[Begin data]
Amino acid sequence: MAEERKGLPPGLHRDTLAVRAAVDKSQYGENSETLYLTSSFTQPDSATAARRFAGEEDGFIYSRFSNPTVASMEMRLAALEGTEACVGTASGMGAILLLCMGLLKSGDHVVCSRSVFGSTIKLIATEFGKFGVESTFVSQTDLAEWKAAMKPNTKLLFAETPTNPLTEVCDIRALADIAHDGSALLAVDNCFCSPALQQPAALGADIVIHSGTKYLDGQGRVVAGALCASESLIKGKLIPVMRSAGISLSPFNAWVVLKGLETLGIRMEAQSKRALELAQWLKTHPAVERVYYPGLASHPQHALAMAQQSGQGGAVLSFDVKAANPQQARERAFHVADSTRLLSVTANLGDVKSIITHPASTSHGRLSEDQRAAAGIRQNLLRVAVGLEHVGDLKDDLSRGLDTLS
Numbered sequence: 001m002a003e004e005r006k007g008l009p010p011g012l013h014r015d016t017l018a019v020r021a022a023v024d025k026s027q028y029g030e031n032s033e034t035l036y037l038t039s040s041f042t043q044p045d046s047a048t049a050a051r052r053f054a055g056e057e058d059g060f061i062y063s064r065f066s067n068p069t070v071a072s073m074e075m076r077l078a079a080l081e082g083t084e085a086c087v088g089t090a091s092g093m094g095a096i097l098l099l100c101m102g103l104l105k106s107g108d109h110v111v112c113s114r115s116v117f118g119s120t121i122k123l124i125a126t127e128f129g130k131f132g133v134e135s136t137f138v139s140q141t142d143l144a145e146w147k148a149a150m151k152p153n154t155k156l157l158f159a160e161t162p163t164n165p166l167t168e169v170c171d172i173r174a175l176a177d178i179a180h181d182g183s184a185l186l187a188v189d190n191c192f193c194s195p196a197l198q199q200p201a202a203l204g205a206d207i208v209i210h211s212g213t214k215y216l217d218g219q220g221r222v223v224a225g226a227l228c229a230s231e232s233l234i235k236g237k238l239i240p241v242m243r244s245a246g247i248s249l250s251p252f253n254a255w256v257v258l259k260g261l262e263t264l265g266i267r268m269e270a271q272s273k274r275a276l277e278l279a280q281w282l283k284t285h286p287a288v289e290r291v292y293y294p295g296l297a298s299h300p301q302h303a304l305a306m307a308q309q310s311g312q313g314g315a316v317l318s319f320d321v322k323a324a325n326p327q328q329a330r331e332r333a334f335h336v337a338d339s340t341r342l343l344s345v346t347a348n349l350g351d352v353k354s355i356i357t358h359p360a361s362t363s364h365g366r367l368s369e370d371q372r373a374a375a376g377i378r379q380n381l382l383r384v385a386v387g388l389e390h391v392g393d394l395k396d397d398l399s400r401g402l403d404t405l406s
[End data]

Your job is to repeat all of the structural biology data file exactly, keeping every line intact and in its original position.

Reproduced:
Amino acid sequence: MAEERKGLPPGLHRDTLAVRAAVDKSQYGENSETLYLTSSFTQPDSATAARRFAGEEDGFIYSRFSNPTVASMEMRLAALEGTEACVGTASGMGAILLLCMGLLKSGDHVVCSRSVFGSTIKLIATEFGKFGVESTFVSQTDLAEWKAAMKPNTKLLFAETPTNPLTEVCDIRALADIAHDGSALLAVDNCFCSPALQQPAALGADIVIHSGTKYLDGQGRVVAGALCASESLIKGKLIPVMRSAGISLSPFNAWVVLKGLETLGIRMEAQSKRALELAQWLKTHPAVERVYYPGLASHPQHALAMAQQSGQGGAVLSFDVKAANPQQARERAFHVADSTRLLSVTANLGDVKSIITHPASTSHGRLSEDQRAAAGIRQNLLRVAVGLEHVGDLKDDLSRGLDTLS
Numbered sequence: 001m002a003e004e005r006k007g008l009p010p011g012l013h014r015d016t017l018a019v020r021a022a023v024d025k026s027q028y029g030e031n032s033e034t035l036y037l038t039s040s041f042t043q044p045d046s047a048t049a050a051r052r053f054a055g056e057e058d059g060f061i062y063s064r065f066s067n068p069t070v071a072s073m074e075m076r077l078a079a080l081e082g083t084e085a086c087v088g089t090a091s092g093m094g095a096i097l098l099l100c101m102g103l104l105k106s107g108d109h110v111v112c113s114r115s116v117f118g119s120t121i122k123l124i125a126t127e128f129g130k131f132g133v134e135s136t137f138v139s140q141t142d143l144a145e146w147k148a149a150m151k152p153n154t155k156l157l158f159a160e161t162p163t164n165p166l167t168e169v170c171d172i173r174a175l176a177d178i179a180h181d182g183s184a185l186l187a188v189d190n191c192f193c194s195p196a197l198q199q200p201a202a203l204g205a206d207i208v209i210h211s212g213t214k215y216l217d218g219q220g221r222v223v224a225g226a227l228c229a230s231e232s233l234i235k236g237k238l239i240p241v242m243r244s245a246g247i248s249l250s251p252f253n254a255w256v257v258l259k260g261l262e263t264l265g266i267r268m269e270a271q272s273k274r275a276l277e278l279a280q281w282l283k284t285h286p287a288v289e290r291v292y293y294p295g296l297a298s299h300p301q302h303a304l305a306m307a308q309q310s311g312q313g314g315a316v317l318s319f320d321v322k323a324a325n326p327q328q329a330r331e332r333a334f335h336v337a338d339s340t341r342l343l344s345v346t347a348n349l350g351d352v353k354s355i356i357t358h359p360a361s362t363s364h365g366r367l368s369e370d371q372r373a374a375a376g377i378r379q380n381l382l383r384v385a386v387g388l389e390h391v392g393d394l395k396d397d398l399s400r401g402l403d404t405l406s